Jan 05 2018
I felt my performance went very well. With the audience I felt the work took on another level. It felt more real.
I knew that before the performance I would have to get in to the right mind-set, to remember the bodily feelings. At this stage I know the movement so it was not something I wanted to think about, I wanted to let the emotional state and the bodily memory to be seen over the movement. When I performed the solo I feel I did exactly that. I forgot about the movement, the technique and focused on the emotion. I lost all control, I felt exactly the way I wanted the audience to see and that definitely came across in the movement.
I got positive feedback about the performance. Comments such as:
“You could really where you started playing with the idea of losing control … You were obviously still in control but had the air of being on the edge and possibly falling”
“You could see the journey of the emotions you went through throughout the performance.”
“I’ve never seen it that let go, that free, that out of control but still within control … it was incredible to watch.”
“I really connected with the emotions, even though I don’t know your story, I was able to relate to different sections with what you were feeling and situations I have been in”
It was great to hear comments like these as it really reinforced my research process. It confirmed that what I was doing was working, as the comments I received were about the things I wanted the audience to see and experience.
I would like to gain some more feedback from a variety of people. I would like to be questioned further about what is seen, about the movement and intention. As a first showing of the work I am very pleased with the feedback I got at this stage.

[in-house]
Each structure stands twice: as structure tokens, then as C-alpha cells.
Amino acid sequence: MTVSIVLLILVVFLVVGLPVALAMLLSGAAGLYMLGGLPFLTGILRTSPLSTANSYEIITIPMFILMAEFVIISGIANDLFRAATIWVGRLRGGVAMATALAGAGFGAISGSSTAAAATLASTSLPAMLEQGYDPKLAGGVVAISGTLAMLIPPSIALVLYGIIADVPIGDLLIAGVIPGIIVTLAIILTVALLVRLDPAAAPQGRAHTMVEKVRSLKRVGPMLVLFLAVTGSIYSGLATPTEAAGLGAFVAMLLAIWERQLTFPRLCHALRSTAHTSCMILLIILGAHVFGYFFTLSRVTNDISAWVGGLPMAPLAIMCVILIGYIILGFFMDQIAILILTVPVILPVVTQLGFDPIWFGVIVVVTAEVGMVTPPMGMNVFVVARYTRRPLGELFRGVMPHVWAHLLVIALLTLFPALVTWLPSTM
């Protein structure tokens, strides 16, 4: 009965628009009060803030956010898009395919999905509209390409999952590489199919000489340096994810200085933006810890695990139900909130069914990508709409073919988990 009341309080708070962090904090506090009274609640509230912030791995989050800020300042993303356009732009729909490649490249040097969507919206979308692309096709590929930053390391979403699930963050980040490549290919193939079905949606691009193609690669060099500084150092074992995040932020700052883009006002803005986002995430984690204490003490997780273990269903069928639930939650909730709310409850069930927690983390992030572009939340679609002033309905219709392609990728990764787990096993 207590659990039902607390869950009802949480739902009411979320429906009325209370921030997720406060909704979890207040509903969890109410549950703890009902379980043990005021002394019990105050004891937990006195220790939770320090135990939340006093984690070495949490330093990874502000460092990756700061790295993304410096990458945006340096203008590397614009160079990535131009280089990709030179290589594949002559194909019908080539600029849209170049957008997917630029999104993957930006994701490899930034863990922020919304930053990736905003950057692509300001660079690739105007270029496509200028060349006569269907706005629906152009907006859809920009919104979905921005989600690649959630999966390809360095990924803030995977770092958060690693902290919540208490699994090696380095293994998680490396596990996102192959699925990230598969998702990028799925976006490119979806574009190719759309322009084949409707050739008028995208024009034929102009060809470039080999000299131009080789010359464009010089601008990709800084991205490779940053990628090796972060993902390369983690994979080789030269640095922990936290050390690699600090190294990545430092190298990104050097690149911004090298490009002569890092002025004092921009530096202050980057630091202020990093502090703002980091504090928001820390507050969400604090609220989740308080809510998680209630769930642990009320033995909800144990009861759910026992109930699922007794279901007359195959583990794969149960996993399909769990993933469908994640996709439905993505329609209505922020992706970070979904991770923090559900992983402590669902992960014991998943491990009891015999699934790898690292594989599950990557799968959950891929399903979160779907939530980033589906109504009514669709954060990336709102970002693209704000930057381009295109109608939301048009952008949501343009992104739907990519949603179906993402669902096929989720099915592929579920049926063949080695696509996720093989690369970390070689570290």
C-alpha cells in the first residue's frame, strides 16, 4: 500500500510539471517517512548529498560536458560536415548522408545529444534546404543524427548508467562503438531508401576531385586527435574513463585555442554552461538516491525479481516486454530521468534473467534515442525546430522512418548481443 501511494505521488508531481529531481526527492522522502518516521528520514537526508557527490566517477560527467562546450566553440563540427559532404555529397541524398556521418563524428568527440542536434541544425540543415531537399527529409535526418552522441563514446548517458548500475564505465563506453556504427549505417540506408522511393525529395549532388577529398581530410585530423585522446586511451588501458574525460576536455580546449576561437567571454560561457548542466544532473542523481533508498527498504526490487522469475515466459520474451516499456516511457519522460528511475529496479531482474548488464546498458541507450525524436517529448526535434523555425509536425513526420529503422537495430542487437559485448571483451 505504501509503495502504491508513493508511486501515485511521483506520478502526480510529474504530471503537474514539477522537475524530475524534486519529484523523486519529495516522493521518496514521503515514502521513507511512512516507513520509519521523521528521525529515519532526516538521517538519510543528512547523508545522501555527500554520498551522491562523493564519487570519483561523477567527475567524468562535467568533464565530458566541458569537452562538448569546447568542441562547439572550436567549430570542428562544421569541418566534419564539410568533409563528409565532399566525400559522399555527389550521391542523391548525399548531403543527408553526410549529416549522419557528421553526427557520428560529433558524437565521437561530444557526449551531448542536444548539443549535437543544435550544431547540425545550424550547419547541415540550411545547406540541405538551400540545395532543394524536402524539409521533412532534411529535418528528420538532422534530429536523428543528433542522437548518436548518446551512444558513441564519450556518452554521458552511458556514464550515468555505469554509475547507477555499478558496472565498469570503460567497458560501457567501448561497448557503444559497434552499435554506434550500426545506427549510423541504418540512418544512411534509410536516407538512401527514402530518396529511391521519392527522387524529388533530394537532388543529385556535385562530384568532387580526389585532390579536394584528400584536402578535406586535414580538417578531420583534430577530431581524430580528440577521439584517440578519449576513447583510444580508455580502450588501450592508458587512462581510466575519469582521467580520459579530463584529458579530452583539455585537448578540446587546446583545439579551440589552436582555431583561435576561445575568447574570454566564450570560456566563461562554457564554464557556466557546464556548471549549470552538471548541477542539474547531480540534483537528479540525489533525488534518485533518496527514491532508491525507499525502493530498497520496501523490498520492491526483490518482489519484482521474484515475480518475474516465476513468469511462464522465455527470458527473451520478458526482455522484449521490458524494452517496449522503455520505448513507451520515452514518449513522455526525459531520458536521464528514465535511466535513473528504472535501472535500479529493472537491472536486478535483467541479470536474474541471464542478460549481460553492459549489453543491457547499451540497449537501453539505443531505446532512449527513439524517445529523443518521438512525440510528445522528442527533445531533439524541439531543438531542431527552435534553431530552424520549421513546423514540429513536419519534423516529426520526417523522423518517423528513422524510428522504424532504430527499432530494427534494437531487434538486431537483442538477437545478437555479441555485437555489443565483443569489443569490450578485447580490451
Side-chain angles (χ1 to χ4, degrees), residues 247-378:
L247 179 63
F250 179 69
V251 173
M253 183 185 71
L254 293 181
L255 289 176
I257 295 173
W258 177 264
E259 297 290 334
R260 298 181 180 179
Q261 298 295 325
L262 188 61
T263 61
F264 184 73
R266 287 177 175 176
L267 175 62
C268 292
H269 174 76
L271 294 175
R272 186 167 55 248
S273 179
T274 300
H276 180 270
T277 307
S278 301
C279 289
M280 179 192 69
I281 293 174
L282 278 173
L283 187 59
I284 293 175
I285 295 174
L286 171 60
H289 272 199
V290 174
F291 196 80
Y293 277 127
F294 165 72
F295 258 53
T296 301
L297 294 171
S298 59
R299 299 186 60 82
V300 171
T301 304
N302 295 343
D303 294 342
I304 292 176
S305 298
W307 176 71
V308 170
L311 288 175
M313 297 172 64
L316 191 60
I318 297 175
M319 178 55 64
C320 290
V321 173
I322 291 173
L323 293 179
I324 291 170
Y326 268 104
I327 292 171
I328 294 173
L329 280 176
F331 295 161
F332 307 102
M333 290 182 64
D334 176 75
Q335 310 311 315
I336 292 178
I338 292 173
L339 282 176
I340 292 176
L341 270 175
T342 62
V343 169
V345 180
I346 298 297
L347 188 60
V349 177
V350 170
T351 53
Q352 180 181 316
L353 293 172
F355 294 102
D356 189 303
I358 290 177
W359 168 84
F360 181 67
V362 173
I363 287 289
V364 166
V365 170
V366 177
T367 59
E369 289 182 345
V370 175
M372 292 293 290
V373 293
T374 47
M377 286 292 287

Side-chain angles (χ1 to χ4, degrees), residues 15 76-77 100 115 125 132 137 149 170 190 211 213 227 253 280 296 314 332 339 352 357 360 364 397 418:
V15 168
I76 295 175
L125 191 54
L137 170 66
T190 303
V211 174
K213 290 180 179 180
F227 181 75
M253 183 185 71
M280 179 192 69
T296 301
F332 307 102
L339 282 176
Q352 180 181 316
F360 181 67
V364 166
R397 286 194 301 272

It was interesting to see and hear about other peoples research during the symposium. Ethan Brockenshire looked at the theory of flow. After my performance and feeling the piece come together, no longer thinking about the movement but being in the moment and all the pieces falling in to place this research really resonated with. He looked at the work of Mihaly Ciskszentmihalyi and the optimal experience. This is something I would be interested in looking in to further and how it can inform my practice as a creator, performer and even as a facilitator and teacher.
Further more, Payge Dodd looked in to the embodiment of emotion from a psychological view point. The workshop she delivered started to tap in to different emotions, how we connect with them and how they are expressed and seen through movement. Relating this to my own research for this solo the workshop was very insightful and something I would like to use in the creation of movement in the future. I feel looking more in to this line of research will develop my own understanding of emotion and how to authentically show this in the work I want to create.
Moving forward I would like to continue to develop this piece and extend it to a 10-12 minute work. In my presentation I did say I wanted to extend the piece to 15-20 minuites, however after a conversation with my mentor, Tom Hobden, it was suggested that a solo piece can be more effective and leave a bigger impression if the work is slightly shorter. Further more, I feel a piece that is 10-12 minuites will be more viable for small choreographic platforms which is where I see this piece going. In the symposium I said the section I presented will form one of 3 sections to the work. The second will include spoken word, a poem or text written by myself with correlating movement. The final section will delve more in to mental health, specifically looking at disassociation as this is something I suffered from as a result of my experience in Peru. I am not exactly sure how this will look yet. It could be a disassociation of what is being said to the movement or disassociation of body parts or of facial expression to body expression. This will need more research in to the mental health issue and practice as research in to which way will best portray what I am wanting. I am still wanting to bring these ideas together but I feel bringing both ideas together in to one section will have more impact. I could use the text as a juxtaposition to the movement and/or still play with the idea of disassociating body parts. A further idea I had about this was to use tape to split the stage in to sections and explore how use of space can used to explore mental health. This would mean the solo is in 2 sections rather than 3.